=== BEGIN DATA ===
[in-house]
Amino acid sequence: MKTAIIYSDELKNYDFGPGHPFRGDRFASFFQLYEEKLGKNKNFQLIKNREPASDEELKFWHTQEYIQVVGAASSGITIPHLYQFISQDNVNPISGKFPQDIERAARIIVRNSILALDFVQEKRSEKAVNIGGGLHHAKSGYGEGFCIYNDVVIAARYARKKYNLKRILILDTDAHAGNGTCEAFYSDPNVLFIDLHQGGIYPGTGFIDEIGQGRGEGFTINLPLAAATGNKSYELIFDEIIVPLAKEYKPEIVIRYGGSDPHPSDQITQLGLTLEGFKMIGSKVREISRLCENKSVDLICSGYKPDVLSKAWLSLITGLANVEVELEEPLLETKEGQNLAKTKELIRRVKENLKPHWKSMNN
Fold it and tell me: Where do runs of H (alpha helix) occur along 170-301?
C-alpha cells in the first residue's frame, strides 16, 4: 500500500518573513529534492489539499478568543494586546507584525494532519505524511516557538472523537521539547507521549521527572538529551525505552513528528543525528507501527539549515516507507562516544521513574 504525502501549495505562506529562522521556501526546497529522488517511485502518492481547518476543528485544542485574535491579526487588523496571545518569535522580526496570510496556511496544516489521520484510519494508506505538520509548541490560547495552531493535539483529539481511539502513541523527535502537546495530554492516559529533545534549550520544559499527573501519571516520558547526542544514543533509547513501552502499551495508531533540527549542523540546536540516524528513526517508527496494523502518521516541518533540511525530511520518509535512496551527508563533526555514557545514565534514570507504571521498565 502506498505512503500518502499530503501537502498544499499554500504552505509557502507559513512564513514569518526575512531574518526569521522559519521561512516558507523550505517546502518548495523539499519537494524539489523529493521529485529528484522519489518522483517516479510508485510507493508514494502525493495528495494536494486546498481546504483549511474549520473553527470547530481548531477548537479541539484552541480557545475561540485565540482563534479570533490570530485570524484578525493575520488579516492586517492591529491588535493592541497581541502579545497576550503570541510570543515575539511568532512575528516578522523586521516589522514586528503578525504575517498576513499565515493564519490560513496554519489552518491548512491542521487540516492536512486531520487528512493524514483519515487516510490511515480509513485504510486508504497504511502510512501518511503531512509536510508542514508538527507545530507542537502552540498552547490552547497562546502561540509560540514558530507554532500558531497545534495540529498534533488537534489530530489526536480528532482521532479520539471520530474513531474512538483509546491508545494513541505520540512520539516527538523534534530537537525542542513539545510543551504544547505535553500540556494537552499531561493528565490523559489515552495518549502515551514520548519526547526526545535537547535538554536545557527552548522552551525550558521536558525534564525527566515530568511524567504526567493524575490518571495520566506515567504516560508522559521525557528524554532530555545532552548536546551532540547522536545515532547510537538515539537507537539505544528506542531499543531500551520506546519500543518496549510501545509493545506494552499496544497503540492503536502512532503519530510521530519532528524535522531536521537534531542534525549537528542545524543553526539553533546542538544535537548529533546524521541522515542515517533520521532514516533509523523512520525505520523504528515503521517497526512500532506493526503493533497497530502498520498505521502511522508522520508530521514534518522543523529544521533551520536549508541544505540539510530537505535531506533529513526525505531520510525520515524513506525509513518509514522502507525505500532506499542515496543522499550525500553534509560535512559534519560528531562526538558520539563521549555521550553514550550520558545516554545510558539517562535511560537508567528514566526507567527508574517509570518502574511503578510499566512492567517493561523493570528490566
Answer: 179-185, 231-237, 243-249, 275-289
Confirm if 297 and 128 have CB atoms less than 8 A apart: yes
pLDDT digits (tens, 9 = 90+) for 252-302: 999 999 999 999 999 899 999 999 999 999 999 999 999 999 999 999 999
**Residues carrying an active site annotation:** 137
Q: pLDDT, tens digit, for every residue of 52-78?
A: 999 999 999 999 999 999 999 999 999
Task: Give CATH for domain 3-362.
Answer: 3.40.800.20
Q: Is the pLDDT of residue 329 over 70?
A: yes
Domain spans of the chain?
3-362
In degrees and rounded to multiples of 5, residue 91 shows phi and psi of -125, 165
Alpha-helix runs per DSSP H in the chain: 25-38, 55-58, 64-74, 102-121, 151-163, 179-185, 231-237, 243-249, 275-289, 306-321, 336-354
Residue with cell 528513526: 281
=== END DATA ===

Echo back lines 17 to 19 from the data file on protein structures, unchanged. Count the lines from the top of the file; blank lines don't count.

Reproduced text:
In degrees and rounded to multiples of 5, residue 91 shows phi and psi of -125, 165
Alpha-helix runs per DSSP H in the chain: 25-38, 55-58, 64-74, 102-121, 151-163, 179-185, 231-237, 243-249, 275-289, 306-321, 336-354
Residue with cell 528513526: 281